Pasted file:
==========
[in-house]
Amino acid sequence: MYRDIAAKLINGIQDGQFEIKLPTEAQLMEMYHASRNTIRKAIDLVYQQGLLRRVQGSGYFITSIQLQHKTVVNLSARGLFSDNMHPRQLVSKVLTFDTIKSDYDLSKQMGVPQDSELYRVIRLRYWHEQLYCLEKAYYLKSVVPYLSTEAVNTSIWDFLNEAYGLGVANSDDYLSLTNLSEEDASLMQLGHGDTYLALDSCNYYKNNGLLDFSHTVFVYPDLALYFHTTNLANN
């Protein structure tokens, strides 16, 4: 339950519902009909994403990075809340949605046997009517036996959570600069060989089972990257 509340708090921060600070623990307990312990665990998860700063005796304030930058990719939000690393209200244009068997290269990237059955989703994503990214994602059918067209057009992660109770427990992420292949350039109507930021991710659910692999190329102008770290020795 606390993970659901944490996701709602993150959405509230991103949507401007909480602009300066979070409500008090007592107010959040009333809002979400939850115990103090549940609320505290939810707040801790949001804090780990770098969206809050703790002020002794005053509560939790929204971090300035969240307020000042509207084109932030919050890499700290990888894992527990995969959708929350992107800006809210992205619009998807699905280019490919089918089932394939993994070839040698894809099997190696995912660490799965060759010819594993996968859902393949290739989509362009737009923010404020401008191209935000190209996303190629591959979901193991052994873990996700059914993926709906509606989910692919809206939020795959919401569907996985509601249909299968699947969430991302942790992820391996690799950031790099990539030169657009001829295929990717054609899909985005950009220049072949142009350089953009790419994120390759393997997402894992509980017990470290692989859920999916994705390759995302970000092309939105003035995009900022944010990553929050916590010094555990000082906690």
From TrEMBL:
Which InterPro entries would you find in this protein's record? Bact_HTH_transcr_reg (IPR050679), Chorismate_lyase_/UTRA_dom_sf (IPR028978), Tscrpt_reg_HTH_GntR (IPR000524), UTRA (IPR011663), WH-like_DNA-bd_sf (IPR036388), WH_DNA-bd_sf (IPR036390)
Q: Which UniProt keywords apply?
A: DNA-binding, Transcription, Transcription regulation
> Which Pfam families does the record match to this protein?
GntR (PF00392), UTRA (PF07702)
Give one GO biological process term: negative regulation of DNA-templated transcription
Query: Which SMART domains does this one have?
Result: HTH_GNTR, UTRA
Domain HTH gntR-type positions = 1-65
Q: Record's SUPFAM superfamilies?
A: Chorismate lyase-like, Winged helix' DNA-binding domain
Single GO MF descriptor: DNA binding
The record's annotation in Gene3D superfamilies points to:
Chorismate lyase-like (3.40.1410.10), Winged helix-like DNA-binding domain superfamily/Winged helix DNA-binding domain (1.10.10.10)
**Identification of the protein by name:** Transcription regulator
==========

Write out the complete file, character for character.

[in-house]
Amino acid sequence: MYRDIAAKLINGIQDGQFEIKLPTEAQLMEMYHASRNTIRKAIDLVYQQGLLRRVQGSGYFITSIQLQHKTVVNLSARGLFSDNMHPRQLVSKVLTFDTIKSDYDLSKQMGVPQDSELYRVIRLRYWHEQLYCLEKAYYLKSVVPYLSTEAVNTSIWDFLNEAYGLGVANSDDYLSLTNLSEEDASLMQLGHGDTYLALDSCNYYKNNGLLDFSHTVFVYPDLALYFHTTNLANN
């Protein structure tokens, strides 16, 4: 339950519902009909994403990075809340949605046997009517036996959570600069060989089972990257 509340708090921060600070623990307990312990665990998860700063005796304030930058990719939000690393209200244009068997290269990237059955989703994503990214994602059918067209057009992660109770427990992420292949350039109507930021991710659910692999190329102008770290020795 606390993970659901944490996701709602993150959405509230991103949507401007909480602009300066979070409500008090007592107010959040009333809002979400939850115990103090549940609320505290939810707040801790949001804090780990770098969206809050703790002020002794005053509560939790929204971090300035969240307020000042509207084109932030919050890499700290990888894992527990995969959708929350992107800006809210992205619009998807699905280019490919089918089932394939993994070839040698894809099997190696995912660490799965060759010819594993996968859902393949290739989509362009737009923010404020401008191209935000190209996303190629591959979901193991052994873990996700059914993926709906509606989910692919809206939020795959919401569907996985509601249909299968699947969430991302942790992820391996690799950031790099990539030169657009001829295929990717054609899909985005950009220049072949142009350089953009790419994120390759393997997402894992509980017990470290692989859920999916994705390759995302970000092309939105003035995009900022944010990553929050916590010094555990000082906690």
From TrEMBL:
Which InterPro entries would you find in this protein's record? Bact_HTH_transcr_reg (IPR050679), Chorismate_lyase_/UTRA_dom_sf (IPR028978), Tscrpt_reg_HTH_GntR (IPR000524), UTRA (IPR011663), WH-like_DNA-bd_sf (IPR036388), WH_DNA-bd_sf (IPR036390)
Q: Which UniProt keywords apply?
A: DNA-binding, Transcription, Transcription regulation
> Which Pfam families does the record match to this protein?
GntR (PF00392), UTRA (PF07702)
Give one GO biological process term: negative regulation of DNA-templated transcription
Query: Which SMART domains does this one have?
Result: HTH_GNTR, UTRA
Domain HTH gntR-type positions = 1-65
Q: Record's SUPFAM superfamilies?
A: Chorismate lyase-like, Winged helix' DNA-binding domain
Single GO MF descriptor: DNA binding
The record's annotation in Gene3D superfamilies points to:
Chorismate lyase-like (3.40.1410.10), Winged helix-like DNA-binding domain superfamily/Winged helix DNA-binding domain (1.10.10.10)
**Identification of the protein by name:** Transcription regulator